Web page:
The EEO Office cannot take sides in an issue, but can try to help resolve issues . . . After talking to you and to management, it looks to me like the key here is for you to be viewed by management as the best candidate for promotions. The viewpoint right now is that you are not a top candidate. Part of the reason for this is because you are not seen as doing an excellent job in all aspects of your current job.
Here's an idea that might help. Terry Burk can arrange for a job coach to come in on a daily basis to work with you on all tasks involved in your better understanding [sic] of what management says it is looking for. The state (Maine) vocational rehabilitation office offers this service, but we have to be prioritized on a waiting list.

PSAMF ¶ 160; DRPSAMF ¶ 160 (alterations in original). Mr. Murphy disagreed with Ms. Oeser's assessment that he was not the “best candidate” for promotion; rather, he has believed that he was not being promoted due to his disability. PSAMF ¶ 161; DRPSAMF ¶ 161. Mr. Dalfonso did not understand why a job coach was assigned to Mr. Murphy because Mr. Murphy knew how to do his job. PSAMF ¶ 162; DRPSAMF ¶ 162.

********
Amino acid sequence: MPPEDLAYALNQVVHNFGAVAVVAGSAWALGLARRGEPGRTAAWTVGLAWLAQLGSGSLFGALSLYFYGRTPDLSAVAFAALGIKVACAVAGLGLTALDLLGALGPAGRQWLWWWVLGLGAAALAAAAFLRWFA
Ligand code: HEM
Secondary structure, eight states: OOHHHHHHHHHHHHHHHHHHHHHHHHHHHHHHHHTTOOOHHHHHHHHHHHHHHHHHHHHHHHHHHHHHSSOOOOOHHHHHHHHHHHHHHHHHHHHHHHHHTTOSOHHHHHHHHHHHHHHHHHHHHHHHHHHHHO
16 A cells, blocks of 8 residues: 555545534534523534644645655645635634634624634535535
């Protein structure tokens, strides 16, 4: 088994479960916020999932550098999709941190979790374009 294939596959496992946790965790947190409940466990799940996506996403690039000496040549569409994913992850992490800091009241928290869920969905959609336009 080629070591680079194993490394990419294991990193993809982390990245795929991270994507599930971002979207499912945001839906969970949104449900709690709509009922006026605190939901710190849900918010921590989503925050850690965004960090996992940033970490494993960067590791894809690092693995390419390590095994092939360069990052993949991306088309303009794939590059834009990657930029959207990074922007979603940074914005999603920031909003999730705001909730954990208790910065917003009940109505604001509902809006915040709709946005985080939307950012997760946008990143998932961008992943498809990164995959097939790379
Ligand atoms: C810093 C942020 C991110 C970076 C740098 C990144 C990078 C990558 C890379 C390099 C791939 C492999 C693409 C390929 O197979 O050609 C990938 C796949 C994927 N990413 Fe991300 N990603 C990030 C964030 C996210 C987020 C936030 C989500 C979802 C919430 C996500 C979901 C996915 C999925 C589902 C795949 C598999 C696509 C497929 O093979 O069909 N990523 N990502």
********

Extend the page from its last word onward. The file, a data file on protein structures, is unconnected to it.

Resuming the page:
In 2006, Mr. Murphy complained to the Navy EEO again about not being promoted, resulting in a mediation. PSAMF ¶ 163; DRPSAMF ¶ 163. Ms. Shepheard attended the mediation. PSAMF ¶ 164; DRPSAMF ¶ 164. No remedy was offered during the mediation. PSAMF ¶ 165; DRPSAMF ¶ 165.

         In April 2007, Mr. Murphy contacted the Navy EEO again when he was not selected for a promotion. PSAMF ¶ 166; DRPSAMF ¶ 166. Despite contacting the EEO, Mr. Murphy was still not provided with reasonable accommodations that would enable him to effectively navigate and apply for promotions through USA Staffing. PSAMF ¶ 162; DRPSAMF ¶ 162.

         On November 18, 2010, following Mr. Murphy's transfer to the DLA, Mr. Murphy informed Mr. Fales that “he wanted to leave supply and get another job on the Shipyard.” PSAMF ¶ 168; DRPSAMF ¶ 168. He also said that “he wanted to go to the EEO to get some help with getting another job.” PSAMF ¶ 168; DRPSAMF ¶ 168. At a meeting on March 31, 2011, between Mr. Murphy, Mr. Fales, and Ms. Shepheard, Mr. Murphy communicated his desire to seek a promotion.[47] PSAMF ¶ 169; DRPSAMF ¶ 169. Mr. Murphy states that he received no assistance at this meeting. Id. However, Mr. Fales' contemporaneous notes summarizing the meeting suggest that they discussed Mr. Murphy “getting in touch with Shipyard EEO for help in placement” and that the supervisors offered Mr. Murphy points of contact at the DLA to assist him. DRPSAMF ¶ 169; Varga Decl., Ex. D, Handwritten Mem. at 5 (ECF No. 86-9). In April 2011, Mr. Murphy contacted the Navy EEO and requested help in applying for a promotion; he was not given any help.[48] PSAMF ¶ 170; DRPSAMF ¶ 170. At this point, there was some confusion about whose responsibility it was to deal with Mr. Murphy's request due in part to the transfer from the Navy to the DLA.[49] PSAMF ¶ 174; DRPSAMF ¶ 174.

         3. Mr. Murphy Approaches the EEO After He Was Not Hired for the General Supply Specialist Positions